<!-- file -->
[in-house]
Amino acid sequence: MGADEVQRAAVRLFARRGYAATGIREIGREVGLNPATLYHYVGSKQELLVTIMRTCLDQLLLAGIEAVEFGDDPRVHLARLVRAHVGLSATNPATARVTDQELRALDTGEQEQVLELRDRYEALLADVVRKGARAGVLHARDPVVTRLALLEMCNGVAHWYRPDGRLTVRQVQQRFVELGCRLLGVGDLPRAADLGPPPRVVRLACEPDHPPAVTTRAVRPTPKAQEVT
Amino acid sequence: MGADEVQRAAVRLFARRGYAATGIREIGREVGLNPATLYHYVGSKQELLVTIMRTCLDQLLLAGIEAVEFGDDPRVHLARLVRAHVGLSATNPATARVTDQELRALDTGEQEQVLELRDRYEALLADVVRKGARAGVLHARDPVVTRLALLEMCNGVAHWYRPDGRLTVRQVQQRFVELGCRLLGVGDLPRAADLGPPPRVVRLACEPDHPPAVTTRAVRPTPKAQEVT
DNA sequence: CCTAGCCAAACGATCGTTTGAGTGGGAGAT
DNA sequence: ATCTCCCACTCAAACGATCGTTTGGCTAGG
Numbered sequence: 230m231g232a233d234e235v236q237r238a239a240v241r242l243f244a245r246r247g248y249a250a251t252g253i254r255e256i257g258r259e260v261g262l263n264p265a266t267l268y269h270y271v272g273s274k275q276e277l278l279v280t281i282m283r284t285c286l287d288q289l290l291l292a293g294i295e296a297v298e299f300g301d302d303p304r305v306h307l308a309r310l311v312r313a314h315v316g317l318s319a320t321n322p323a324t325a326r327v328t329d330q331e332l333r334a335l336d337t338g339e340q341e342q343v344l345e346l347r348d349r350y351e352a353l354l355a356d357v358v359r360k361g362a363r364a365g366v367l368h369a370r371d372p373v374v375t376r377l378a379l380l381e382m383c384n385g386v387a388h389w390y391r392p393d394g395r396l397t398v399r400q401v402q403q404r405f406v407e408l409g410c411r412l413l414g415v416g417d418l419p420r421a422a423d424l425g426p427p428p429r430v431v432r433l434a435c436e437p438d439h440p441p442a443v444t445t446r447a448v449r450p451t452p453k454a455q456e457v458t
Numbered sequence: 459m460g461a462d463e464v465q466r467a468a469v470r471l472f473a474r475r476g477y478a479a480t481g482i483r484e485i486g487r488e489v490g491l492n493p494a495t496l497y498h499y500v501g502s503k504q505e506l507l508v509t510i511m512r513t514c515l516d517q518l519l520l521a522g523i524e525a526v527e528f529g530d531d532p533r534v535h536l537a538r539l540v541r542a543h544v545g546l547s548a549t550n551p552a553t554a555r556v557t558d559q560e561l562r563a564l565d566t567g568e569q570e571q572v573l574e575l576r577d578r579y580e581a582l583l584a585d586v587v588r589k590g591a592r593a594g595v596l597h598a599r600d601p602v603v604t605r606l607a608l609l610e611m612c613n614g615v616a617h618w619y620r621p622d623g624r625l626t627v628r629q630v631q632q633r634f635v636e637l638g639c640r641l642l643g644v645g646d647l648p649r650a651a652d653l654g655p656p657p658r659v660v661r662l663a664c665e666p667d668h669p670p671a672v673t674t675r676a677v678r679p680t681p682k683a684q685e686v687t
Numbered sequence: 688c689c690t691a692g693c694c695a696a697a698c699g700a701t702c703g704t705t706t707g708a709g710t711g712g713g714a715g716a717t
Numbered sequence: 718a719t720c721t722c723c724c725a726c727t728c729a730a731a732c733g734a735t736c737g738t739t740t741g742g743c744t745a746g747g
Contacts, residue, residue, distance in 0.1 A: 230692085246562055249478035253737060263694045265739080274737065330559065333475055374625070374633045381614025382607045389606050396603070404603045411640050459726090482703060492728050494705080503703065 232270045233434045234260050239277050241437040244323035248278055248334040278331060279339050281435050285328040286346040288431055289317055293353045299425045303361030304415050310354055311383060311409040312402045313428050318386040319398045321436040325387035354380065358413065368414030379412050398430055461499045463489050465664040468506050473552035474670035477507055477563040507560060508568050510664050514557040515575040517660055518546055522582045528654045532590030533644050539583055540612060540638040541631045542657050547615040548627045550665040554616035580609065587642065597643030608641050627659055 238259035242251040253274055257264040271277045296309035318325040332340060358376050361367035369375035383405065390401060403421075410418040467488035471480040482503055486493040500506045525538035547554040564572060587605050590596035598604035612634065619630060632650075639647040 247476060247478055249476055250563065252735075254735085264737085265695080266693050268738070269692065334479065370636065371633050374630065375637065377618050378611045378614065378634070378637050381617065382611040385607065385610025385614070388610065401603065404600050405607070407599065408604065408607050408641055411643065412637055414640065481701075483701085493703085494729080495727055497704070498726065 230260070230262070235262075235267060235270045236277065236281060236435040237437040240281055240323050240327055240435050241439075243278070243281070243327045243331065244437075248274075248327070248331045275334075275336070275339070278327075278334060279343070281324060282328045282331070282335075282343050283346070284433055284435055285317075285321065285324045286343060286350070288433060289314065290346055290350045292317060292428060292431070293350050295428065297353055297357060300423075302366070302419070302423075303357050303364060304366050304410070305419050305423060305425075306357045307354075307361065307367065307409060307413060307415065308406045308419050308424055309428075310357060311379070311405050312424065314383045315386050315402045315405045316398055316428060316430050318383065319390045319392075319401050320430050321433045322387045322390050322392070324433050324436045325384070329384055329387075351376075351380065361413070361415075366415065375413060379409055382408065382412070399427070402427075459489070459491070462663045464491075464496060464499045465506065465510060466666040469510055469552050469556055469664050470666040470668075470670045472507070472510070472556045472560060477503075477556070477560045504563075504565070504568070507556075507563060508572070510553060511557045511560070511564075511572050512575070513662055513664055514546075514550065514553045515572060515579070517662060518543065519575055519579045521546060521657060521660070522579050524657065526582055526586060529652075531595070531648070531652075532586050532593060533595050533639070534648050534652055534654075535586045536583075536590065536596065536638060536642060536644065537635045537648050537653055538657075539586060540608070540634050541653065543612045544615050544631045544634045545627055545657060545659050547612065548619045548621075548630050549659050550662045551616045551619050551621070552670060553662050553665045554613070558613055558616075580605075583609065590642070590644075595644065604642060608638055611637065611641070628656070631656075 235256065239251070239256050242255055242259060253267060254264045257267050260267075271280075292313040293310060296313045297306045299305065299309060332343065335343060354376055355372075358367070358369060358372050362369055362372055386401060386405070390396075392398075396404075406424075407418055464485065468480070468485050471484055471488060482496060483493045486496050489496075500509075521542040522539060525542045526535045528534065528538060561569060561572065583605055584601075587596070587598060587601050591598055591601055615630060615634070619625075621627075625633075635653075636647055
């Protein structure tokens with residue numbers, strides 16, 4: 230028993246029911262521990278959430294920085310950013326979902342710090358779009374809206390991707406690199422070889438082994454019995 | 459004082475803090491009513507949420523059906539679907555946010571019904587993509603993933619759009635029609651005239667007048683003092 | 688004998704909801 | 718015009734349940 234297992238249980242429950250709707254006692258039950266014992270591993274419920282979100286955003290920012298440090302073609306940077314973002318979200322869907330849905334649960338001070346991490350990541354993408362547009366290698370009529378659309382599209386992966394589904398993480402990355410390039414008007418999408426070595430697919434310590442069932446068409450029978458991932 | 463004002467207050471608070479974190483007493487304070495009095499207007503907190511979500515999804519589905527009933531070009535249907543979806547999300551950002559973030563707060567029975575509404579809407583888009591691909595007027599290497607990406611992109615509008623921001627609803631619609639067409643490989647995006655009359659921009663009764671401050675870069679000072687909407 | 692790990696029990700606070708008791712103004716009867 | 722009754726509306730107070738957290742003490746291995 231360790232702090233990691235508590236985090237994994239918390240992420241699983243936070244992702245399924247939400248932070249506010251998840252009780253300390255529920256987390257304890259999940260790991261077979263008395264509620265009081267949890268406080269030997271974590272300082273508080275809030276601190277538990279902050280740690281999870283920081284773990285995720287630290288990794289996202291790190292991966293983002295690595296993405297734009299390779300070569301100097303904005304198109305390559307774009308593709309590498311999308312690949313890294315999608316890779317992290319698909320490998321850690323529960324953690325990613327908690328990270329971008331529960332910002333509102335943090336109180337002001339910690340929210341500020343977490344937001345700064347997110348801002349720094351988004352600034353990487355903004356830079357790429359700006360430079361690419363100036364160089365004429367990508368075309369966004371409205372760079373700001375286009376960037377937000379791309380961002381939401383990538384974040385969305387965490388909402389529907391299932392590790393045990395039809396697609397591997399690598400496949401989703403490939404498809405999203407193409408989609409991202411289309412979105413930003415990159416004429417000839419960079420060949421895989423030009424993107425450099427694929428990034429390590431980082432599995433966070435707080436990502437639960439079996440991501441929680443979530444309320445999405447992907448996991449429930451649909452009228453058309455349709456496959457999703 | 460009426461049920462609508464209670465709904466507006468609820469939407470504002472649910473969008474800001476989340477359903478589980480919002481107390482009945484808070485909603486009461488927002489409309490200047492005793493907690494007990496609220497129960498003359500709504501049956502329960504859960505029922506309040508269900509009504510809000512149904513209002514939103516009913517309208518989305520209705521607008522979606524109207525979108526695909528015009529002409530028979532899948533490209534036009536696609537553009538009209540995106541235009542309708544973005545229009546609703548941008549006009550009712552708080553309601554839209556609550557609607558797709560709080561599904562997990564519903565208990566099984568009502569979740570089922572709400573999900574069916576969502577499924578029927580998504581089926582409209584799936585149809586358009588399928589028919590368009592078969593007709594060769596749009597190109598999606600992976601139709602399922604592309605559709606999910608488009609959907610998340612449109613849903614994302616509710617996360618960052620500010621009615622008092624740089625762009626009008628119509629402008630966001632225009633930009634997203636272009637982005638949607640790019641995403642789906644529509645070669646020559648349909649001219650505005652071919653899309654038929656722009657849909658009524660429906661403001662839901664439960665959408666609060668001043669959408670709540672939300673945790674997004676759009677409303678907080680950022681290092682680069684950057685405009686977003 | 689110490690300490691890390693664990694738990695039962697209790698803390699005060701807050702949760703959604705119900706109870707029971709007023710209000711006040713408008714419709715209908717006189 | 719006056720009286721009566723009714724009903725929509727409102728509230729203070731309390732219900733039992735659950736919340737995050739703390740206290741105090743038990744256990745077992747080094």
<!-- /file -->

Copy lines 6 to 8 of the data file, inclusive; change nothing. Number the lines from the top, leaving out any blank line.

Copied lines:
Numbered sequence: 230m231g232a233d234e235v236q237r238a239a240v241r242l243f244a245r246r247g248y249a250a251t252g253i254r255e256i257g258r259e260v261g262l263n264p265a266t267l268y269h270y271v272g273s274k275q276e277l278l279v280t281i282m283r284t285c286l287d288q289l290l291l292a293g294i295e296a297v298e299f300g301d302d303p304r305v306h307l308a309r310l311v312r313a314h315v316g317l318s319a320t321n322p323a324t325a326r327v328t329d330q331e332l333r334a335l336d337t338g339e340q341e342q343v344l345e346l347r348d349r350y351e352a353l354l355a356d357v358v359r360k361g362a363r364a365g366v367l368h369a370r371d372p373v374v375t376r377l378a379l380l381e382m383c384n385g386v387a388h389w390y391r392p393d394g395r396l397t398v399r400q401v402q403q404r405f406v407e408l409g410c411r412l413l414g415v416g417d418l419p420r421a422a423d424l425g426p427p428p429r430v431v432r433l434a435c436e437p438d439h440p441p442a443v444t445t446r447a448v449r450p451t452p453k454a455q456e457v458t
Numbered sequence: 459m460g461a462d463e464v465q466r467a468a469v470r471l472f473a474r475r476g477y478a479a480t481g482i483r484e485i486g487r488e489v490g491l492n493p494a495t496l497y498h499y500v501g502s503k504q505e506l507l508v509t510i511m512r513t514c515l516d517q518l519l520l521a522g523i524e525a526v527e528f529g530d531d532p533r534v535h536l537a538r539l540v541r542a543h544v545g546l547s548a549t550n551p552a553t554a555r556v557t558d559q560e561l562r563a564l565d566t567g568e569q570e571q572v573l574e575l576r577d578r579y580e581a582l583l584a585d586v587v588r589k590g591a592r593a594g595v596l597h598a599r600d601p602v603v604t605r606l607a608l609l610e611m612c613n614g615v616a617h618w619y620r621p622d623g624r625l626t627v628r629q630v631q632q633r634f635v636e637l638g639c640r641l642l643g644v645g646d647l648p649r650a651a652d653l654g655p656p657p658r659v660v661r662l663a664c665e666p667d668h669p670p671a672v673t674t675r676a677v678r679p680t681p682k683a684q685e686v687t
Numbered sequence: 688c689c690t691a692g693c694c695a696a697a698c699g700a701t702c703g704t705t706t707g708a709g710t711g712g713g714a715g716a717t